One-Sided Arms Control April 26, 2010Posted by SV in Nuclear Proliferation, President Obama, Russia, U.S. Foreign Relations, Uncategorized.
Tags: Europe, global zero, nuclear reductions, Nuclear Weapons, START Treaty, Trident
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[This article was first published by the Center for Vision and Values here: http://www.visandvals.org/One_Sided_Arms_Control.php]
President Obama signed the New Strategic Arms Reduction Treaty (START) in Prague on April 8—and did so to global accolades. It was the culmination of years of negotiations and a major triumph to finally achieve agreement with Moscow. Unfortunately, President Obama’s signature was attached to a naïve arms control treaty that threatens the strength of the U.S. nuclear umbrella that defends over 30 friends and allies. It compromises American interests while benefiting the Russians and weakening international security and stability.
On the surface, START looks like a reasonable albeit constrictive treaty. The 800 delivery-vehicle limit on bombers and missiles is about 100 below what is currently deployed. The 1,550 nuclear-warhead limit can easily be achieved by retiring some aging B-52s and changing the way they are counted. The treaty provides for telemetry exchanges (information from missile test launches), which promotes mutual trust. It also contains no overt constraints on missile defense or the ability to deploy non-nuclear systems with global reach.
A quick glance at the treaty’s effects is more troubling. The 800 delivery-vehicle limit will cut valuable systems used to defend the United States and reassure its allies. Conversely, Russia only has to continue already planned decommissioning of obsolete missiles and submarines. The U.S. intercontinental ballistic missile (ICBM) force will probably have to be reduced from 450 to 400 deployed missiles. The most survivable nuclear platforms, stealthy ballistic-missile submarines, will shrink by two submarines to remove four dozen missiles from accountability.
The bomber fleet will be limited to 18 stealth B-2s and dozens of 50-year-old B-52s. The remainder will be converted to conventional-only capabilities or simply eliminated. The future triad of missiles, submarines, and bombers will therefore be smaller, less flexible, and less capable of reassuring America’s friends and allies in threatening environments.
These cuts may seem minimal, but when the missile reductions are combined with the cancellation of NASA’s Constellation program, they could severely weaken the already decimated industrial base. The solid-rocket-motor industry is particularly vulnerable to collapse. An inability to sustain and replace valuable systems like ballistic missiles will have long-term negative consequences for our scientific and deterrent capability.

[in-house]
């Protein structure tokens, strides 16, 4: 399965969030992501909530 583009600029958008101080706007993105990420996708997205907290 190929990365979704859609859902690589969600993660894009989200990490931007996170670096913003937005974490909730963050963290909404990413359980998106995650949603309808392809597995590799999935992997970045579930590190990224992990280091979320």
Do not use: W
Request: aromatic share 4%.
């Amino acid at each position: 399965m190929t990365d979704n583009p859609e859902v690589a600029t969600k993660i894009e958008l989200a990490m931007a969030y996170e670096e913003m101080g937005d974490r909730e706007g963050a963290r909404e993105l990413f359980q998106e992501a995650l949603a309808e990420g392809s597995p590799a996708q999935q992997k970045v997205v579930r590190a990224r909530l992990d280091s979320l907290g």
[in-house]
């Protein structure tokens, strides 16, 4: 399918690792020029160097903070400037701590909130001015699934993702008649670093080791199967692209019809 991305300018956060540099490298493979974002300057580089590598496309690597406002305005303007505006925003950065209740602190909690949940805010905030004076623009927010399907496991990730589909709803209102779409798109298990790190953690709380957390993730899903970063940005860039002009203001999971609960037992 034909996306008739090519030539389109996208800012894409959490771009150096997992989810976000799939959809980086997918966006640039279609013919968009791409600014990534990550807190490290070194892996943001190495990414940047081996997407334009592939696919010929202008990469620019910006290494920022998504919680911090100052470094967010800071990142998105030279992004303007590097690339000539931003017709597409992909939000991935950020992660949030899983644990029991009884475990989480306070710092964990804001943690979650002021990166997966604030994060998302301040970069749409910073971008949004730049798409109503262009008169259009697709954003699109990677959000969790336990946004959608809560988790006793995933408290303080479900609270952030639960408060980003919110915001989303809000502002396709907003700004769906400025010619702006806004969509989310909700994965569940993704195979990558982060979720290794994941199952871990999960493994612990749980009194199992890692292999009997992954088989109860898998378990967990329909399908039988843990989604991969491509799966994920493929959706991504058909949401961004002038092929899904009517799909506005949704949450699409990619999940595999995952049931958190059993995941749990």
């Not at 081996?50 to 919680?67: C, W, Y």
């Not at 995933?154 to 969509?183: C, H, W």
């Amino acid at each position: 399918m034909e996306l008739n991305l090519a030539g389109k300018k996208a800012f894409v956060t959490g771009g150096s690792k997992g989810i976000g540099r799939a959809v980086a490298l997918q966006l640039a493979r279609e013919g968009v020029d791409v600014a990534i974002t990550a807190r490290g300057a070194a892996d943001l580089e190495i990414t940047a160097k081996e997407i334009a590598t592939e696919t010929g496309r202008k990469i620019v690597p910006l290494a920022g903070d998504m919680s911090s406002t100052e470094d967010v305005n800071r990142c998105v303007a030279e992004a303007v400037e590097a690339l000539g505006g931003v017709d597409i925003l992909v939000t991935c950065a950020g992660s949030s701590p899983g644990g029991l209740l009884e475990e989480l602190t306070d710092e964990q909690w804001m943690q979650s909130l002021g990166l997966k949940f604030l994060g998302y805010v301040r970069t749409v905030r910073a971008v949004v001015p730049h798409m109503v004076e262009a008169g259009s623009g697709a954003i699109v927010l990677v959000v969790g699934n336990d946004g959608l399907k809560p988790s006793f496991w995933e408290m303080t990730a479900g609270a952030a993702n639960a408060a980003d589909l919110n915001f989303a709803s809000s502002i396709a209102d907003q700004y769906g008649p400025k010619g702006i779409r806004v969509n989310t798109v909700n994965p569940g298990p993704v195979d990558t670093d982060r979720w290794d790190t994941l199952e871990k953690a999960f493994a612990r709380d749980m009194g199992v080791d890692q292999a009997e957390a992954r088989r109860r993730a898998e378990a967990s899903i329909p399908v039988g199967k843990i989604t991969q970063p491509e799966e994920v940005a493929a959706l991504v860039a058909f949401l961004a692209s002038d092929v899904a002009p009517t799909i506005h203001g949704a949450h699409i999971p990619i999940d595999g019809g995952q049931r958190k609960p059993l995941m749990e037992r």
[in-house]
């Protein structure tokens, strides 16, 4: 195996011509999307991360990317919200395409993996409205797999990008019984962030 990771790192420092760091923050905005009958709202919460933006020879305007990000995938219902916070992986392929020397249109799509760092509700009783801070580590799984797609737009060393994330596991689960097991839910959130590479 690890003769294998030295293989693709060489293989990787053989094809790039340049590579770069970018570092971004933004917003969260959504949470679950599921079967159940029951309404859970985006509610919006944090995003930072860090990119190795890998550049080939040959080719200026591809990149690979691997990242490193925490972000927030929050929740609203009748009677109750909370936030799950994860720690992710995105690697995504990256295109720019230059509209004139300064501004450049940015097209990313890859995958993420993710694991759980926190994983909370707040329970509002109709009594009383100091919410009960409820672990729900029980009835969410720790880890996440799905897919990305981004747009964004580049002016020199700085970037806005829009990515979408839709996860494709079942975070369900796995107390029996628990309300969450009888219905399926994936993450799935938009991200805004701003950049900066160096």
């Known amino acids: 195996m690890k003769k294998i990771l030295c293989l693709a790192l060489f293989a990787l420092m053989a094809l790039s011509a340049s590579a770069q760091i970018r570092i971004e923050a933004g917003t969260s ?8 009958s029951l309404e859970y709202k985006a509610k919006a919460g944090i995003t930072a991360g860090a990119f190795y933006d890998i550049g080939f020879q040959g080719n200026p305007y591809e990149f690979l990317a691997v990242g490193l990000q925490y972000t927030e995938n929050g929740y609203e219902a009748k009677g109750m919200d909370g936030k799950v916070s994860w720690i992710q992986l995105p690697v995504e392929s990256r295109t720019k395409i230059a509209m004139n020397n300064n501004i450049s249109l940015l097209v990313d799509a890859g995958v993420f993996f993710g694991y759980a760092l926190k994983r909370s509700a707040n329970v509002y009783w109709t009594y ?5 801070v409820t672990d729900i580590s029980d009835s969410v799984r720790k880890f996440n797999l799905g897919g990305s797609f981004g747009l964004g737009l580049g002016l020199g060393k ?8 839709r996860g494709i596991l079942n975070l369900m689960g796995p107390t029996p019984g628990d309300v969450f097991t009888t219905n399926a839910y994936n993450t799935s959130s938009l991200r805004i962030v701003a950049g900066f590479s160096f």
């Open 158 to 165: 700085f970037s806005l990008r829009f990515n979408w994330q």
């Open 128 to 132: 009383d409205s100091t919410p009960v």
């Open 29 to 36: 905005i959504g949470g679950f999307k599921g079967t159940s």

While the new warhead limit is 30 percent below the Moscow Treaty of 2002 limit, complicated counting rules give the Russians a whopping advantage. Each Russian bomber can carry eight warheads on cruise missiles, with the potential for more in the bomb bay. Under the New START, those 76 bombers count as only 76 warheads. Therefore, Moscow could deploy 500 or more warheads above the 1,550 limit, which would put it equal or above the Moscow Treaty limits. The United States, with its strict adherence to treaty law, will not imitate such devious accounting to ignore the 1,550 limit. Can we say the same for the Russian Federation?
The Bush administration began talks on a successor to START in its final years. The Obama administration publicly designated negotiations as the centerpiece of its “reset” with Russia and rushed negotiations in such a manner that the Russians knew exactly who wanted the treaty more. As former Bush administration official Stephen Rademaker has argued, you do not go to a car dealer and say “I absolutely positively have to have that car and I need it today, how much is it?” However, that is exactly what the president has done. In an effort to meet arbitrary deadlines, the American negotiators made multiple unnecessary concessions, most notably abandoning the missile-defense sites in Poland and the Czech Republic. Now Russia is objecting to any future missile-defense deployments, saying they would be cause to withdraw from the New START.
This treaty is different from past nuclear reductions in one important aspect: It is meant as a “down-payment” on President Obama’s pledge for moving toward a “world without nuclear weapons,” rather than to primarily improve U.S. national security. President Obama needs START to (among other things) justify his Nobel Peace Prize. He will push senators to provide their advice and consent for ratification of a bad treaty. Although many senators will want to avoid the pro-nuclear weapon label, the existence of these weapons has guaranteed American security for over 60 years.
The New START has turned out to be a golden missed opportunity. Instead of negotiating a treaty with modest reductions and extensive verification provisions, the administration opted for a bold approach. Proponents argue that the United States no longer needs the nuclear force structure it has from the Cold War. They assert that America’s conventional superiority can increasingly fulfill the mission of nuclear weapons. Conventional weapons, however, do not have the same deterrent effect provided by nuclear forces. As Margaret Thatcher observed, “There are monuments to the futility of conventional deterrence in every village in Europe.” Until the international security environment is severely improved, drastic reductions in U.S. and Russian strategic nuclear weapons will not make the world more secure. Address the root causes of conflict between states, and wider nuclear reductions will be more successful and constructive.